Terrell Co. Courthouse closed after reports of mold

Terrell Co. Courthouse closed after reports of mold

DAWSON, Ga. (WALB) - A Southwest Georgia county's courthouse, with mold, has it's residents and county officials concerned.

This after the Terrell County Courthouse was shut down due to the health hazards.

The courthouse still has damage from Hurricane Michael that hasn’t been taken care of and it’s to the point where people shouldn’t be exposed to it. That’s according to a study done on the Terrell County Courthouse.

It’s why Terrell County Commission Chairman Wilbur Gamble made the decision to close the courthouse doors to everyone.

Terrell County Commission Chairman Wilbur Gamble
Terrell County Commission Chairman Wilbur Gamble (Source: WALB)

Not many people have been inside the Terrell County Courthouse recently.

“They ought to move everybody back up here in this courthouse,” said a man who did not want to give his name.

A man, who did not want to give his name, said they should reopen the courthouse operations once the mold is cleared.
A man, who did not want to give his name, said they should reopen the courthouse operations once the mold is cleared. (Source: WALB)

He said it’s why the building’s been having problems, specifically, the mold making its way inside.

“The study came back and showed that there was enough mold buildup that it exceeded the air quality requirements for an indoor place,” said Gamble, who closed the courthouse’s doors Wednesday.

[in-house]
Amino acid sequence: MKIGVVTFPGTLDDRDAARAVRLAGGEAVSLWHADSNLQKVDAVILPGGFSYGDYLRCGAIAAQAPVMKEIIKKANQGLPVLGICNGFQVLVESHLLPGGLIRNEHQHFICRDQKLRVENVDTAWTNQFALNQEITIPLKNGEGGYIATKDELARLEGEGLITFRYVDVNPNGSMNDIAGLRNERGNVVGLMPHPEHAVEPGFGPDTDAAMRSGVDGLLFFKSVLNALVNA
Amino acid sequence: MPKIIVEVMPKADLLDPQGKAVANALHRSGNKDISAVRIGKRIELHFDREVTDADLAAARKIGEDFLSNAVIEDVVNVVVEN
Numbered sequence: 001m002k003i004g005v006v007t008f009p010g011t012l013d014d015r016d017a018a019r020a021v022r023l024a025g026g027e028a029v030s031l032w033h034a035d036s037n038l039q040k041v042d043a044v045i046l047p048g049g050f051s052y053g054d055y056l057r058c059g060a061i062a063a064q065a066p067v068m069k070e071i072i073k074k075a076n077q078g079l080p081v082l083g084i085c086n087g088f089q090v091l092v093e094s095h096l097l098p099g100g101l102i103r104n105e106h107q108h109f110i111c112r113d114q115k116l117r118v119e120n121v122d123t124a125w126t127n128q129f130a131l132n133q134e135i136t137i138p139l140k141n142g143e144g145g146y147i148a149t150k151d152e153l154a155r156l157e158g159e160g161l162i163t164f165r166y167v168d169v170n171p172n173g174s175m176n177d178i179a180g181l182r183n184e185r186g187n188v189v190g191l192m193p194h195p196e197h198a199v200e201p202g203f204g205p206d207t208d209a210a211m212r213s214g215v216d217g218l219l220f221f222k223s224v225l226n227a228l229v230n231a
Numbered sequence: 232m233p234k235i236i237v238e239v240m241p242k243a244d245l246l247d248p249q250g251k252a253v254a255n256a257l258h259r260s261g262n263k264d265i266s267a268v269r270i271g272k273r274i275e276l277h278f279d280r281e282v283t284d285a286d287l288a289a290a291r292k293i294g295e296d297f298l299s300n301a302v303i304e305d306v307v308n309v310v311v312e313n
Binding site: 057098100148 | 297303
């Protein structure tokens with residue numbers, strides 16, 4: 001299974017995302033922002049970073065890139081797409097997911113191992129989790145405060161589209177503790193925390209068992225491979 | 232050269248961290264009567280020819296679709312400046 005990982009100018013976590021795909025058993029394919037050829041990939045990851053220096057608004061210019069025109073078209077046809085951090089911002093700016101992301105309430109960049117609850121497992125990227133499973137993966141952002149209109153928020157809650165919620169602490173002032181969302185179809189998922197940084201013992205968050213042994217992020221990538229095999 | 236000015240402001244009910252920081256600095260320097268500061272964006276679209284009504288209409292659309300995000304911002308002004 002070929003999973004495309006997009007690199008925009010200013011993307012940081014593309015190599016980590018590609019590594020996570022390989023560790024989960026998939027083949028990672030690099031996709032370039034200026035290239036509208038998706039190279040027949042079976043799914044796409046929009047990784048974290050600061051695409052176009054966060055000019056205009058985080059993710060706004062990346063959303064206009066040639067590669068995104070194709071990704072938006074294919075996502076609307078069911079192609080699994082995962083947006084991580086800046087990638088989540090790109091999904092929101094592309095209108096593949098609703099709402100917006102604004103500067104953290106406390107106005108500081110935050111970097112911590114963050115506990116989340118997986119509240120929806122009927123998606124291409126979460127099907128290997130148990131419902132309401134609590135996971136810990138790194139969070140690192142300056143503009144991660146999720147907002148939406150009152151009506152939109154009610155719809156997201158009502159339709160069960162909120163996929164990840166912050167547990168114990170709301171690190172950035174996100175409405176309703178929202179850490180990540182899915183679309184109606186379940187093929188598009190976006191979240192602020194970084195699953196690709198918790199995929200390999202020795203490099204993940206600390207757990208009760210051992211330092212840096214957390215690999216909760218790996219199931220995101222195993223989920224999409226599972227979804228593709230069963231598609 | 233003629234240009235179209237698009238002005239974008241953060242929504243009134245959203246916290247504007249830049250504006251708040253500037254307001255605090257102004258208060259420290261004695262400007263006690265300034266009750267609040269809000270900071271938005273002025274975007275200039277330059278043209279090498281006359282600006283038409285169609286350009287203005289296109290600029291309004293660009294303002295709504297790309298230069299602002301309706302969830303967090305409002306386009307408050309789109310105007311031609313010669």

And one man said it was the right call.

“They can clean it out, it’s because they aren’t using it,” said the anonymous man.

Gamble said they’ve known about the mold for some time now.

“It’s not something that’s going to contaminate the building or make it where we can’t use it, or cost millions,” Gamble explained.

When they tried to fix it, their insurance company wanted more proof to approve its cleaning.

In February, bats broke out inside the building after Hurricane Michael’s storm damage.

The anonymous man said he didn’t even know about the mold.

“Never had any mold when all the people were in there,” said the unnamed man.

The chairman said he wants everyone to know, safety is a priority.

“It could pose a health threat if you stayed there long term and we don’t need to take the chance with anybody having that happen,” said Gamble.

Gamble said they will have a company come in and clean as soon as they get approval from their insurance company.

Court operations have been moved to the government building.

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